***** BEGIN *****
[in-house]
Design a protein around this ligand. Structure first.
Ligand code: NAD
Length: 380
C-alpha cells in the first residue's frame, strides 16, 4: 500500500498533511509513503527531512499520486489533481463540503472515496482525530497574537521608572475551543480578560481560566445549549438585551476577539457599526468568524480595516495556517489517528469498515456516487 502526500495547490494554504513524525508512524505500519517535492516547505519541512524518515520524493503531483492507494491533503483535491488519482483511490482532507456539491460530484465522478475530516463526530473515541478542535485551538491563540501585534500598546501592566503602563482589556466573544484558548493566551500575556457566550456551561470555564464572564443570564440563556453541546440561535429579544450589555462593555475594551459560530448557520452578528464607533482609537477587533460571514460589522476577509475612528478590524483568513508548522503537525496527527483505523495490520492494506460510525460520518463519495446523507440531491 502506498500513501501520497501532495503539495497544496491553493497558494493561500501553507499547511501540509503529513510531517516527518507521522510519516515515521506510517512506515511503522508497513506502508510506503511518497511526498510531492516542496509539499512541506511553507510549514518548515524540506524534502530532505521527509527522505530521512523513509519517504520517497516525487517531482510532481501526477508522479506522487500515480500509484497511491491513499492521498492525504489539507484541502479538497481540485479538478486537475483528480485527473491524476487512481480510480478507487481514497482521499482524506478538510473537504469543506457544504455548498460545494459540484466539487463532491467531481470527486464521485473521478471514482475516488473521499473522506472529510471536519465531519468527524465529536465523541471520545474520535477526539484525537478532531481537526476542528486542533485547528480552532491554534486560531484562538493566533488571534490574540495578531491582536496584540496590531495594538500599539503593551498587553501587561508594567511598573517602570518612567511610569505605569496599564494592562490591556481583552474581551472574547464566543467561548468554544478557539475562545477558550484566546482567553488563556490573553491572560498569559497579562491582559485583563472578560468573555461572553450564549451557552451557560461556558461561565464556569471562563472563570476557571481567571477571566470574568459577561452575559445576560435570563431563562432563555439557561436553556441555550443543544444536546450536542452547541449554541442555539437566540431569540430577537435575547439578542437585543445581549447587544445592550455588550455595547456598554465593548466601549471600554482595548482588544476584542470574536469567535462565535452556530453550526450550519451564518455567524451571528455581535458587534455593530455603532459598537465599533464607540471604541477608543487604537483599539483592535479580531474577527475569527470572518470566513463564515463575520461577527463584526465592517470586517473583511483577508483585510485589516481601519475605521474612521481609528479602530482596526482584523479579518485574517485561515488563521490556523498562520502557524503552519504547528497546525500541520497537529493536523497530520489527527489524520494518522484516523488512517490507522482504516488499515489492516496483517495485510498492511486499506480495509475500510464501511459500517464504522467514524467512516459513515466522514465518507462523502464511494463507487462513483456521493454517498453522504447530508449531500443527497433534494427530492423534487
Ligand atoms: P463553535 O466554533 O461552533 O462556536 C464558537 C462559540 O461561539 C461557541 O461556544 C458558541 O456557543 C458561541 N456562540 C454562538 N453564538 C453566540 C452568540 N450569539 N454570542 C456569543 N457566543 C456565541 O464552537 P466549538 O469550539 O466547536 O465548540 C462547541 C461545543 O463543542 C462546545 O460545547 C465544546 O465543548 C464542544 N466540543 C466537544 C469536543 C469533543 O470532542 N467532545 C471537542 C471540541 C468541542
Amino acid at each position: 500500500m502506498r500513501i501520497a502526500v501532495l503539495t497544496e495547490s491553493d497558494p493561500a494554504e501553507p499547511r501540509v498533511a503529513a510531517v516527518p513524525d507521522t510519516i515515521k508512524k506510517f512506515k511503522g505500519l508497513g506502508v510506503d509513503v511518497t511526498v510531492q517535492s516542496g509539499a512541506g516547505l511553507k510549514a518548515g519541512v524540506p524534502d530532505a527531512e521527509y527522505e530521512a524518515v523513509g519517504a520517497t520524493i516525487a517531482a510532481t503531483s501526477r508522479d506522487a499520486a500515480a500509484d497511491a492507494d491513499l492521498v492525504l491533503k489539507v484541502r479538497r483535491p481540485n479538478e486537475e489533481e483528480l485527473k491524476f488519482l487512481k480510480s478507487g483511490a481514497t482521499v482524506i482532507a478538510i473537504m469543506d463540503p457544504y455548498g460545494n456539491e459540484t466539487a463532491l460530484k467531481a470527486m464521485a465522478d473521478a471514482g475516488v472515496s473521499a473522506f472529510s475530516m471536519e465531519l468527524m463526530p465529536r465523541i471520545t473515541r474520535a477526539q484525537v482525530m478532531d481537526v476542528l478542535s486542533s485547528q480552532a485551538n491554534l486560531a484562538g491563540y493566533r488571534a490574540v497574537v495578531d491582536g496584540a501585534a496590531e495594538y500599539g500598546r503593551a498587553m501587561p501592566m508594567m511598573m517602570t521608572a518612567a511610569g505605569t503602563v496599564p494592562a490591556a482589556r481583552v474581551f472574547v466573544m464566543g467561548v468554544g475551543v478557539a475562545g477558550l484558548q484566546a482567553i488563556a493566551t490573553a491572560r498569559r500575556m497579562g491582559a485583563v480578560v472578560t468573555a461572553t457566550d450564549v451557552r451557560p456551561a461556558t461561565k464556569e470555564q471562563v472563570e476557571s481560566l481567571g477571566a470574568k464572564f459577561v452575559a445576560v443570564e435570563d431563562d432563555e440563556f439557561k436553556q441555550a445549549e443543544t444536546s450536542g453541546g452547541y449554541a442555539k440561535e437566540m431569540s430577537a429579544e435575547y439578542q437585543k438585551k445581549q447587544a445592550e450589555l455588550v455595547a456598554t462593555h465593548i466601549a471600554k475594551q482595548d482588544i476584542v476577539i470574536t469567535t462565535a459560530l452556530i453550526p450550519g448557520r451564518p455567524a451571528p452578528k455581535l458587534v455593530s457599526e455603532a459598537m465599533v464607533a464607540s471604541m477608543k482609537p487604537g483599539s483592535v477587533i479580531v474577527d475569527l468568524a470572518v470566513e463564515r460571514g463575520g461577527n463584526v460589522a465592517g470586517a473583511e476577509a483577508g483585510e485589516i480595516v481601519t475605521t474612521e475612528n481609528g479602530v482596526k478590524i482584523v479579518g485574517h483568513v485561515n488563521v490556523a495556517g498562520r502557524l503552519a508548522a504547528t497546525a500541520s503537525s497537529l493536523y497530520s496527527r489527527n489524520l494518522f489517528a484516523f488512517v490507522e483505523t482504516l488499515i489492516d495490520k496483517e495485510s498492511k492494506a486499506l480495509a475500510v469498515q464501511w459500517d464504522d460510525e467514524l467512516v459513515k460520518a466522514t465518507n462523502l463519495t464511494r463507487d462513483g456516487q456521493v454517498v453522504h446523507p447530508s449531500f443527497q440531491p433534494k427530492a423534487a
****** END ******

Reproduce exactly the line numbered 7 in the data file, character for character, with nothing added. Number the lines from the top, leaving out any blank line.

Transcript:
Amino acid at each position: 500500500m502506498r500513501i501520497a502526500v501532495l503539495t497544496e495547490s491553493d497558494p493561500a494554504e501553507p499547511r501540509v498533511a503529513a510531517v516527518p513524525d507521522t510519516i515515521k508512524k506510517f512506515k511503522g505500519l508497513g506502508v510506503d509513503v511518497t511526498v510531492q517535492s516542496g509539499a512541506g516547505l511553507k510549514a518548515g519541512v524540506p524534502d530532505a527531512e521527509y527522505e530521512a524518515v523513509g519517504a520517497t520524493i516525487a517531482a510532481t503531483s501526477r508522479d506522487a499520486a500515480a500509484d497511491a492507494d491513499l492521498v492525504l491533503k489539507v484541502r479538497r483535491p481540485n479538478e486537475e489533481e483528480l485527473k491524476f488519482l487512481k480510480s478507487g483511490a481514497t482521499v482524506i482532507a478538510i473537504m469543506d463540503p457544504y455548498g460545494n456539491e459540484t466539487a463532491l460530484k467531481a470527486m464521485a465522478d473521478a471514482g475516488v472515496s473521499a473522506f472529510s475530516m471536519e465531519l468527524m463526530p465529536r465523541i471520545t473515541r474520535a477526539q484525537v482525530m478532531d481537526v476542528l478542535s486542533s485547528q480552532a485551538n491554534l486560531a484562538g491563540y493566533r488571534a490574540v497574537v495578531d491582536g496584540a501585534a496590531e495594538y500599539g500598546r503593551a498587553m501587561p501592566m508594567m511598573m517602570t521608572a518612567a511610569g505605569t503602563v496599564p494592562a490591556a482589556r481583552v474581551f472574547v466573544m464566543g467561548v468554544g475551543v478557539a475562545g477558550l484558548q484566546a482567553i488563556a493566551t490573553a491572560r498569559r500575556m497579562g491582559a485583563v480578560v472578560t468573555a461572553t457566550d450564549v451557552r451557560p456551561a461556558t461561565k464556569e470555564q471562563v472563570e476557571s481560566l481567571g477571566a470574568k464572564f459577561v452575559a445576560v443570564e435570563d431563562d432563555e440563556f439557561k436553556q441555550a445549549e443543544t444536546s450536542g453541546g452547541y449554541a442555539k440561535e437566540m431569540s430577537a429579544e435575547y439578542q437585543k438585551k445581549q447587544a445592550e450589555l455588550v455595547a456598554t462593555h465593548i466601549a471600554k475594551q482595548d482588544i476584542v476577539i470574536t469567535t462565535a459560530l452556530i453550526p450550519g448557520r451564518p455567524a451571528p452578528k455581535l458587534v455593530s457599526e455603532a459598537m465599533v464607533a464607540s471604541m477608543k482609537p487604537g483599539s483592535v477587533i479580531v474577527d475569527l468568524a470572518v470566513e463564515r460571514g463575520g461577527n463584526v460589522a465592517g470586517a473583511e476577509a483577508g483585510e485589516i480595516v481601519t475605521t474612521e475612528n481609528g479602530v482596526k478590524i482584523v479579518g485574517h483568513v485561515n488563521v490556523a495556517g498562520r502557524l503552519a508548522a504547528t497546525a500541520s503537525s497537529l493536523y497530520s496527527r489527527n489524520l494518522f489517528a484516523f488512517v490507522e483505523t482504516l488499515i489492516d495490520k496483517e495485510s498492511k492494506a486499506l480495509a475500510v469498515q464501511w459500517d464504522d460510525e467514524l467512516v459513515k460520518a466522514t465518507n462523502l463519495t464511494r463507487d462513483g456516487q456521493v454517498v453522504h446523507p447530508s449531500f443527497q440531491p433534494k427530492a423534487a